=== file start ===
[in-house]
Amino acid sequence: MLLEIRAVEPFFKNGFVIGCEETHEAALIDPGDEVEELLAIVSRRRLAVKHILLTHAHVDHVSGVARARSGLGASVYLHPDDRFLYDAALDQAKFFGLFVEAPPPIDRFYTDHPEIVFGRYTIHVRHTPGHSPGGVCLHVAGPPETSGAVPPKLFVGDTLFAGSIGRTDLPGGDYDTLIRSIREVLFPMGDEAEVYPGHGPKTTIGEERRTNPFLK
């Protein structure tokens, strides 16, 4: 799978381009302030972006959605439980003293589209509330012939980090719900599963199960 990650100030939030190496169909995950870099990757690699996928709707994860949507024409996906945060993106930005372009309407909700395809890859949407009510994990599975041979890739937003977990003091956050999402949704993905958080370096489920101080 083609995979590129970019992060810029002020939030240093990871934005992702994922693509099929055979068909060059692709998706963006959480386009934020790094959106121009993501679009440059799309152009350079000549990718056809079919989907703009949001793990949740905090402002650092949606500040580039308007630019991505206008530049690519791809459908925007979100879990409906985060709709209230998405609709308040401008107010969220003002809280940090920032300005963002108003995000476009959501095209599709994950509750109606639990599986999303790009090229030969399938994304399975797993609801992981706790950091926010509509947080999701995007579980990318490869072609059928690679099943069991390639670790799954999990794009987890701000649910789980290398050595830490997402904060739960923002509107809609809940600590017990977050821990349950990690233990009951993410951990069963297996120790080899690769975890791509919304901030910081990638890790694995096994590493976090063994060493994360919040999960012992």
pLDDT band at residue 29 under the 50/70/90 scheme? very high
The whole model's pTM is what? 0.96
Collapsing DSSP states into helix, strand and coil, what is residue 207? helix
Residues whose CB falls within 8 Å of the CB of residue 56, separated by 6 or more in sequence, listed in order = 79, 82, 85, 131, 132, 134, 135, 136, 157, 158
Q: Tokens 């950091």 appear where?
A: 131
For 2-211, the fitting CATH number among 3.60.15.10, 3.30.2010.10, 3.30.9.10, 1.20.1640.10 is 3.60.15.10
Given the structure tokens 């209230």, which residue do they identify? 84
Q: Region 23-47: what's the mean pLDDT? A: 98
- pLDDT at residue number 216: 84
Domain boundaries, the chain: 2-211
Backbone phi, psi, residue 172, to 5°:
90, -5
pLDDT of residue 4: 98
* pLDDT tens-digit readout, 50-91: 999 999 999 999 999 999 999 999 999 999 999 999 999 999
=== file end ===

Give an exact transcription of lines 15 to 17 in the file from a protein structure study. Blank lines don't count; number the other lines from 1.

Backbone phi, psi, residue 172, to 5°:
90, -5
pLDDT of residue 4: 98